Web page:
Table 1 Prevalence of different avian malaria lineages. In the case of rare lineages, we add the age and sex of the infected individuals. “1Y” means juvenile and “1 + ” means adult. We found six new lineages (indicated in bold with the GenBank accession number) in low prevalence. The prevalence and the 95% confidence intervals were estimated with the Quantitative Parasitology 3.0 program

Statistical methods

We calculated the prevalence of Haemoproteus and Plasmodium parasites and the most common lineages in all age and sex categories with Sterne methods (Sterne 1954) with Quantitative Parasitology 3.0 (Reiczigel and Rózsa 2005) and compared them with Fisher’s test.

To test for differences in the average body mass of infected and non-infected individuals, we used a linear model with multiple comparison tests and compared the means of infected (Plasmodium/Haemoproteus or infected with a given lineage) and non-infected individuals in each sex and age group combination. Independent variables were the age, sex, and wing length.

In the case of fat categories 2 and 3, the sample size was too low (N < 5) after separating individuals by infection status. Therefore, to reach the best statistical fit and well-interpretable biological effects, we categorized the birds into two fat categories, those with no visible fat (score = 0, N = 200) and with fat (score = 1, N = 196). In the first genus-specific analysis, we assessed the relationship between fat scores (0/1) and infection category (non-infected vs. Haemoproteus-infected/non-infected vs. Plasmodium-infected individuals) using a generalized linear model (GLM) with binomial distribution and logit link function (Venables and Ripley 2002). In the second lineage-specific analysis, we repeated the comparison among the most common parasite lineages (non-infected vs. infected with H-ROBIN1 or P-TURDUS1 or P-LINN1). As sex and age classes did not differ statistically in fat scores, these two factors were not used as dependent variables in the model.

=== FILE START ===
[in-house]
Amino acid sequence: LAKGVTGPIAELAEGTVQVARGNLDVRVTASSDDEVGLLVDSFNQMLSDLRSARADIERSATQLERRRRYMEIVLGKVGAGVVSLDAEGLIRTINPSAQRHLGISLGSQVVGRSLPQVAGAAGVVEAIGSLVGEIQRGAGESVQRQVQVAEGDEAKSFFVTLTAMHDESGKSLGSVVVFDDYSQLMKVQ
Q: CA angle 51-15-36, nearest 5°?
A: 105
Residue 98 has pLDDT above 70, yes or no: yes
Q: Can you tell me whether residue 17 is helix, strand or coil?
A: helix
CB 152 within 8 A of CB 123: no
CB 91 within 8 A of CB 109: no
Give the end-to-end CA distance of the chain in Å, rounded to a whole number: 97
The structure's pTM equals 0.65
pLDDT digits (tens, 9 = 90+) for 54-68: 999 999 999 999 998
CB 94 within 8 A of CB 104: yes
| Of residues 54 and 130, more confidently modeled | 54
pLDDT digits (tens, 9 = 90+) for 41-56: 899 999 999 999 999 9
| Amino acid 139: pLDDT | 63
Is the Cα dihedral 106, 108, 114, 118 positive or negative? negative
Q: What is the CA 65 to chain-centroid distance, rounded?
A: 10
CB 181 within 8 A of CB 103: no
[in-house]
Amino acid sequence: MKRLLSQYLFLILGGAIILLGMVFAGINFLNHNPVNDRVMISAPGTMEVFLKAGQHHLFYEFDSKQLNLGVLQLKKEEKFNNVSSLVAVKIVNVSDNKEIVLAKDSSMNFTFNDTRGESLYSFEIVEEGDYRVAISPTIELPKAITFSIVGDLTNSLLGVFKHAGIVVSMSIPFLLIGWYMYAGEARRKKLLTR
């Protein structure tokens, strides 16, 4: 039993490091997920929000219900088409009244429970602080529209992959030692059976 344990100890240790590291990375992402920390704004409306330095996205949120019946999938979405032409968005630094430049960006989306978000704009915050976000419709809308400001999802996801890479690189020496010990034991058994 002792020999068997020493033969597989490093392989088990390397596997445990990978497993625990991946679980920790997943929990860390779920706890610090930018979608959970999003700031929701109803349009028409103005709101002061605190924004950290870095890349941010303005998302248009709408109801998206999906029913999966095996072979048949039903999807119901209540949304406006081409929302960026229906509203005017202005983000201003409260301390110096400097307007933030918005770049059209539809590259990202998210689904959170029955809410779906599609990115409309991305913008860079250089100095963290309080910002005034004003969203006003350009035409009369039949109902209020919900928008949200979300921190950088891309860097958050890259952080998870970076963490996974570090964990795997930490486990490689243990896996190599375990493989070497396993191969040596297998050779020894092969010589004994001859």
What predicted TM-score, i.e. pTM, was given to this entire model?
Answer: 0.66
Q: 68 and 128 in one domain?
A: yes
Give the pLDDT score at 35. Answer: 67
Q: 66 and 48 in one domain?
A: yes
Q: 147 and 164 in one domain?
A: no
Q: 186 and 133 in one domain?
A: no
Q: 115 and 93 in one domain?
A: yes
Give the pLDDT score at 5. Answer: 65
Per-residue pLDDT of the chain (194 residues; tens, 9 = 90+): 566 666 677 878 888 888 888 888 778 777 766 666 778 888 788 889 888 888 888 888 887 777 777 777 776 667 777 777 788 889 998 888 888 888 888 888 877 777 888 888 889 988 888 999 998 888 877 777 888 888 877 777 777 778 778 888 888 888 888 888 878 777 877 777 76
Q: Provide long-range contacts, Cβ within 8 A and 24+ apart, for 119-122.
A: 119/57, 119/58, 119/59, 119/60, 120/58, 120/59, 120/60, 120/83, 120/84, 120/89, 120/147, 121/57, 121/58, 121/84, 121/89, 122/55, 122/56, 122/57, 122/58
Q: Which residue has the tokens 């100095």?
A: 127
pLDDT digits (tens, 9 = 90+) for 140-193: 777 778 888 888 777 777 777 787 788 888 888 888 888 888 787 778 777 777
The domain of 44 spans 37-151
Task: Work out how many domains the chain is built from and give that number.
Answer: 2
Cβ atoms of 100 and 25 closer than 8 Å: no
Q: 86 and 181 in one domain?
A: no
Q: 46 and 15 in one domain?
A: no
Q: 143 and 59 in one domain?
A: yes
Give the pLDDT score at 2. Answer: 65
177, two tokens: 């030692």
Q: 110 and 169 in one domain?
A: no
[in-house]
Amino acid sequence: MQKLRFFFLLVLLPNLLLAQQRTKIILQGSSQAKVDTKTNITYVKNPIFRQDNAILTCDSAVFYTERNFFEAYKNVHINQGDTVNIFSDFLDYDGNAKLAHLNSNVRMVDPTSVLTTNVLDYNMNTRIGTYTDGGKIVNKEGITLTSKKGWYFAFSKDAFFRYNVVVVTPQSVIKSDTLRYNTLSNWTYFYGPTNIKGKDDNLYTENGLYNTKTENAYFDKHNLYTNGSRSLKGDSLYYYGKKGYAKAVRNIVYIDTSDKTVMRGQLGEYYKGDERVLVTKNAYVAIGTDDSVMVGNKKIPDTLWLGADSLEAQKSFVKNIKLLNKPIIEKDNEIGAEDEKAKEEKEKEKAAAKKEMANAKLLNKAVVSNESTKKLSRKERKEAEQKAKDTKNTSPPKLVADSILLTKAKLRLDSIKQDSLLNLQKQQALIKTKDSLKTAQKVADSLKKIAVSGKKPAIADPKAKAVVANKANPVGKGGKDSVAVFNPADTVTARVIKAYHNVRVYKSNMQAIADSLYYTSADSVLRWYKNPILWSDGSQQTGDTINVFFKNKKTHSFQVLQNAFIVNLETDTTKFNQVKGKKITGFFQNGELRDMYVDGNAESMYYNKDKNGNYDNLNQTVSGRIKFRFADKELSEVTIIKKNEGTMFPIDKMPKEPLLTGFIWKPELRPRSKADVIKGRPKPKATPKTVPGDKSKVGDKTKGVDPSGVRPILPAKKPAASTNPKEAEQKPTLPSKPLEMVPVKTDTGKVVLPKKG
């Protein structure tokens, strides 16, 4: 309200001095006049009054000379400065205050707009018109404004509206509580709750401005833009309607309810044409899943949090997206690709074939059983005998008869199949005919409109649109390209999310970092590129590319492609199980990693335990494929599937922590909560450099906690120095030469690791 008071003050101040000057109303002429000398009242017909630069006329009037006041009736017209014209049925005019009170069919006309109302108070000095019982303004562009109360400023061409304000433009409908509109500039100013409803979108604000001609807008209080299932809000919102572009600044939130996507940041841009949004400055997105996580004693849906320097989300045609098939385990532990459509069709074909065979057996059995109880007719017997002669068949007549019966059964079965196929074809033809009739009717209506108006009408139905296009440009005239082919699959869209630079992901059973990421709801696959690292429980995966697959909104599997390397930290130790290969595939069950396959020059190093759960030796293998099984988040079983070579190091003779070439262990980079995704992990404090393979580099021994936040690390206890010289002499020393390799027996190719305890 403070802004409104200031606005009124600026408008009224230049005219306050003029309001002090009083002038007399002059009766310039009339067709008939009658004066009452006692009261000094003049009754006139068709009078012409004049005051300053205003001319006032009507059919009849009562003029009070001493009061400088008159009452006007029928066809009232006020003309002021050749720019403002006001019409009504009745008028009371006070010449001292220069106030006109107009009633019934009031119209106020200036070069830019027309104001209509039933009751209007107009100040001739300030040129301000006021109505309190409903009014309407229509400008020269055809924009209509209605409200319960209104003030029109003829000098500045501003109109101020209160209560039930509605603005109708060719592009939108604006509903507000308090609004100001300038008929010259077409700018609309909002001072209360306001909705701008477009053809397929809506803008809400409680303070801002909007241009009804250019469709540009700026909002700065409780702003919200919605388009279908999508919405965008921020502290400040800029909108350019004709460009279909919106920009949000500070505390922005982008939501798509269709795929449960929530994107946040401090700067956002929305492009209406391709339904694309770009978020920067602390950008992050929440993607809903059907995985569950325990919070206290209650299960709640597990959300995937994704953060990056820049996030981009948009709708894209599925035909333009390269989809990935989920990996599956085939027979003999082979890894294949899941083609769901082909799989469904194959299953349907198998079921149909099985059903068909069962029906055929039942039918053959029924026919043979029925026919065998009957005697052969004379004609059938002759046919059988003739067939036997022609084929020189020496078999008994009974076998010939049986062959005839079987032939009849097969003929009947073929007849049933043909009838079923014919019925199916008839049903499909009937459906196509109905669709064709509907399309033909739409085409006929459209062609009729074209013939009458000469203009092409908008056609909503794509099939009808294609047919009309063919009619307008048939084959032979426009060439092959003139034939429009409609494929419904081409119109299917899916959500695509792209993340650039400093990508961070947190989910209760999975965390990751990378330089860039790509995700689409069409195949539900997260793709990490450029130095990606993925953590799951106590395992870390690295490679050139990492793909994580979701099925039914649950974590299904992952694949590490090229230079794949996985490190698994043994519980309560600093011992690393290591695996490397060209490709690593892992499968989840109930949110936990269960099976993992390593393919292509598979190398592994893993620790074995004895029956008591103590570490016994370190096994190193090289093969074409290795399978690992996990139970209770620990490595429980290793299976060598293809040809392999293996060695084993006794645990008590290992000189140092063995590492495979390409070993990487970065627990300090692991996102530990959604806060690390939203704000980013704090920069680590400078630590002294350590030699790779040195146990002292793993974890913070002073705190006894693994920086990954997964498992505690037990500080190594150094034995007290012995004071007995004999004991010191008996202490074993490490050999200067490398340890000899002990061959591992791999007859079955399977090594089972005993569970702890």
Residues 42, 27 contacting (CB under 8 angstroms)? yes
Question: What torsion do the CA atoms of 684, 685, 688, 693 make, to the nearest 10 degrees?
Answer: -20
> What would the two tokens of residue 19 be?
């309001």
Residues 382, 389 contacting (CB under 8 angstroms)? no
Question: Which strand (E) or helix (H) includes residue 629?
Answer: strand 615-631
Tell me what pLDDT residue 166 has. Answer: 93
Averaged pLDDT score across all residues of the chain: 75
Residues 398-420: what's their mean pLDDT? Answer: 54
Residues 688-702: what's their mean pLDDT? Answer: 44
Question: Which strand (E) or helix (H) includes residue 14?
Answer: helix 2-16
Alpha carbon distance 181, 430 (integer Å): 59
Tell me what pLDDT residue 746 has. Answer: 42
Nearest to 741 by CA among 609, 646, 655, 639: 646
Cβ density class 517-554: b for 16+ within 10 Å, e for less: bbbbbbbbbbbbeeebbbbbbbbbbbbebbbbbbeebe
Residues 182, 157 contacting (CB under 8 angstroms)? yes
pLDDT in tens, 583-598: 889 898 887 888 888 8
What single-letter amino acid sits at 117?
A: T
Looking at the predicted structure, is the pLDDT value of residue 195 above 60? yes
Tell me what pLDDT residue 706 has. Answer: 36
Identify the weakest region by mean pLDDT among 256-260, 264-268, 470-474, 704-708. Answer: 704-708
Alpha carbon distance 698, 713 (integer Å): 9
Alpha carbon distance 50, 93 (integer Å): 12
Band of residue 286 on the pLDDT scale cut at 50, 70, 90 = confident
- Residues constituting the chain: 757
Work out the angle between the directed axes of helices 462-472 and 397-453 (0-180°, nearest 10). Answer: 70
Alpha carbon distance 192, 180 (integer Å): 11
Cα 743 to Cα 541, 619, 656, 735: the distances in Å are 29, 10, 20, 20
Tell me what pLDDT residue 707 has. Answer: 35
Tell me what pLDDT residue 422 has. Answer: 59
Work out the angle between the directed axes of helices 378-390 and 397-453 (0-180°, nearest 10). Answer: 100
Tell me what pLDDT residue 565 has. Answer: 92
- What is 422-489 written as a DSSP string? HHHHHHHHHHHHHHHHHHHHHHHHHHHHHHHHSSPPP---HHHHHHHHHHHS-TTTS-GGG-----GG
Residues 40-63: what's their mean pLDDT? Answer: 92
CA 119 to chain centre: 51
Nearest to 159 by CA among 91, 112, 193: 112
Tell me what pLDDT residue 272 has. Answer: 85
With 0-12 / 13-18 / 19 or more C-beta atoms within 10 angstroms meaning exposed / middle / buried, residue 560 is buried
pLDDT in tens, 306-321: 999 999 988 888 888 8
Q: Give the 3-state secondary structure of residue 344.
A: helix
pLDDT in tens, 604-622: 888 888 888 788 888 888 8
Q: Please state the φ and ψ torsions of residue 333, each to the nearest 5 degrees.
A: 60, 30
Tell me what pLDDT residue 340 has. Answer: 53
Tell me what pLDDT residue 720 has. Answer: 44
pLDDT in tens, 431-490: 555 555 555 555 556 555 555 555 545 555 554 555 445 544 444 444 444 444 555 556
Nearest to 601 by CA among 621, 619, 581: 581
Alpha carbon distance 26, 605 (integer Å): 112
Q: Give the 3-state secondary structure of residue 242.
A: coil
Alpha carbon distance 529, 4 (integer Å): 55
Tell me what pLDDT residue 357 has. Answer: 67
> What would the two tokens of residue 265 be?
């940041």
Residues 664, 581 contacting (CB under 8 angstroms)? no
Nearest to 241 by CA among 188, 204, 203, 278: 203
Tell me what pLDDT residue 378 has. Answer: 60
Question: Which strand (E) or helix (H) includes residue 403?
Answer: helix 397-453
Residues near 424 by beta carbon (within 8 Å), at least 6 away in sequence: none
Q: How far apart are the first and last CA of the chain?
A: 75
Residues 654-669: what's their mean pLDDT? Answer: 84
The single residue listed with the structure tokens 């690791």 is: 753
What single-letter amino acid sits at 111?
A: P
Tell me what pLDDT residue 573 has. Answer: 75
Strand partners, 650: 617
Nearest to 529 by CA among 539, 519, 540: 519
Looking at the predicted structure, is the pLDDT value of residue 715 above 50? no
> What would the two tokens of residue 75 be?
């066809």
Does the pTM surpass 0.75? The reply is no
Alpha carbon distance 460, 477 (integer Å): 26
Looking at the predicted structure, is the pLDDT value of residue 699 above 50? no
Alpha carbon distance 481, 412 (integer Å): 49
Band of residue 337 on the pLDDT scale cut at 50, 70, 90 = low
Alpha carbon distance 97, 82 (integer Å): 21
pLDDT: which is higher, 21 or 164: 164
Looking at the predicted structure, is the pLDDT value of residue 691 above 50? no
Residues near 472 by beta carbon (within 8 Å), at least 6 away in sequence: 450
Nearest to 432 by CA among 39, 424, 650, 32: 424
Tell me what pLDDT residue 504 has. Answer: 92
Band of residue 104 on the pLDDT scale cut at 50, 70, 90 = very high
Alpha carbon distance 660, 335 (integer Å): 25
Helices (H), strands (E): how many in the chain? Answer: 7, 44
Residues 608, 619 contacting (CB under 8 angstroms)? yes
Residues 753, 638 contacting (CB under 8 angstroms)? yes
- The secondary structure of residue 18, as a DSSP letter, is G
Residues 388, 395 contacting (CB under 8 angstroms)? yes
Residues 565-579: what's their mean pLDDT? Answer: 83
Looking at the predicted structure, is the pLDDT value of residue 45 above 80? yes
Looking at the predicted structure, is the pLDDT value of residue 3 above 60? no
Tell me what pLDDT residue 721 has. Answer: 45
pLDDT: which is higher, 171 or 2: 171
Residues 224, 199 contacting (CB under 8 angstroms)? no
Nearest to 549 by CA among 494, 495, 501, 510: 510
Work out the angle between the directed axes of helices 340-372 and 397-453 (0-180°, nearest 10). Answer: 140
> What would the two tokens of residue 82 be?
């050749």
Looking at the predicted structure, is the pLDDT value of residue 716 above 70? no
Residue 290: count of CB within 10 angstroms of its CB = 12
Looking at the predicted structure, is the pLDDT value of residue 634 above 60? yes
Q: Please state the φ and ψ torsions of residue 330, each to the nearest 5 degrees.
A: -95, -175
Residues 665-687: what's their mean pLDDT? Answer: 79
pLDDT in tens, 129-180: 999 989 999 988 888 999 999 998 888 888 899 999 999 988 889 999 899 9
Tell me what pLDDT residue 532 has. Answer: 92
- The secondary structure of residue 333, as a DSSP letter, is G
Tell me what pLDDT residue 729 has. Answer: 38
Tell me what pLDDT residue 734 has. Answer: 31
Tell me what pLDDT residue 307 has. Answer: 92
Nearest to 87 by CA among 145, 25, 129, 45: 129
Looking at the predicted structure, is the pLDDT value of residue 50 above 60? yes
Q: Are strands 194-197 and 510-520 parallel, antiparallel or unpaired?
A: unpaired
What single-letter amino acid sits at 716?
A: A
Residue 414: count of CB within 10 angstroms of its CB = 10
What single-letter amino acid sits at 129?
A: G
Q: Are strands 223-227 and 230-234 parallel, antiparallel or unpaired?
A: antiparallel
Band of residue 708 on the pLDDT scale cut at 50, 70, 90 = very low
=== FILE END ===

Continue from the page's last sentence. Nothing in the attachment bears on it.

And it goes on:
To study the possible differences in the average arrival time of the individuals, we used general linear models. Independent variables were sex and infection categories (non-infected vs. Haemoproteus-infected/non-infected vs. Plasmodium-infected) and their interaction. In a separate model, we analysed the effects of the three most common lineages (non-infected vs. infected with H-ROBIN1 or P-TURDUS1 or P-LINN1) on arrival time; the other independent variable was the sex. Because adults and juveniles arrived in different migration waves and to eliminate the effects of the unbalanced sample sizes, we built separate models for adults and juveniles when analysing the effects of parasites on timing of migration. All analyses were performed using R version 3.4.2. (R Development Core Team R 2017). For GLM we used “stats” package; for multiple comparisons, we used “multcomp” package, which contains p-value correction too (Hothorn et al. 2008). For the calculation of the effect size, we used the “effectsize” package.


The overall prevalence of Haemoproteus and Plasmodium species was 13.6% (95% CI: 10.58–17.39%; N = 54) and 19.9% (95% CI: 16.27–24.22%; N = 79), respectively. When comparing the two genera, the prevalence did not differ between age (Haemoproteus: OR = 1.92, p = 0.069; Plasmodium: OR = 1.31, p = 0.390) or sex categories (Haemoproteus: OR = 0.90, p = 0.773; Plasmodium: OR = 0.74, p = 0.220). For more details on sex and age group interactions, see the supplementary material (Table S1).

There were no significant differences in the mean body mass between parasitized and non-parasitized individuals when compared non-infected individuals with Plasmodium-infected or Haemoproteus-infected individuals (F-value = 1.321, p = 0.270). However, P-TURDUS1-infected birds were heavier than non-infected individuals (estimate ± SE = 0.66 ± 0.224, t = 2.931, p = 0.004; Fig. 1; effect size: estimate [95% CI] = 0.52 [0.17, 0.86]). The interaction between age groups and different parasite lineages was non-significant; therefore, it was eliminated from the model (F-value = 0.807, p = 0.490).

Fig. 1
figure 1

Body mass in relation to the most common parasite lineages in all age and sex groups merged. Box plots show the median, lower and upper quartiles and the whiskers representing data within the 1.5 × interquartile range and were calculated from the data. The black dots represent the mean body mass in each category with SE, estimated from the final model

There was no significant difference in fat scores between Haemoproteus- or Plasmodium-infected and non-infected individuals (OR = 1.019, p = 0.797). However, we found that adult individuals infected with H-ROBIN1 had lower odds to have visible fat than non-infected adult individuals (OR = 0.084, CI = 0.005–0.423, z =  − 2.387, p = 0.017; Fig. 2; effect size: − 2.55 [− 5.52, − 0.75]). While, juveniles infected with P-TURDUS1 had higher odds to have visible fat than their non-infected counterparts (OR = 2.500, CI = 1.142–6.033, z = 2.190, p = 0.029; Fig. 2; effect size: 0.95 [0.13, 1.87]). In this respect, individuals infected with P-LINN1, juveniles infected with H-ROBIN1, and adults infected with P-TURDUS1 did not differ significantly from the non-infected individuals in the same age category.

Fig. 2
figure 2

Ratio of having visible subcutaneous fat deposit in relation to different infection categories in adult (left) and juvenile (right) birds. Dots and whiskers show the estimated ratio of having visible fat deposit and the 95% confidence intervals, respectively, both calculated from the model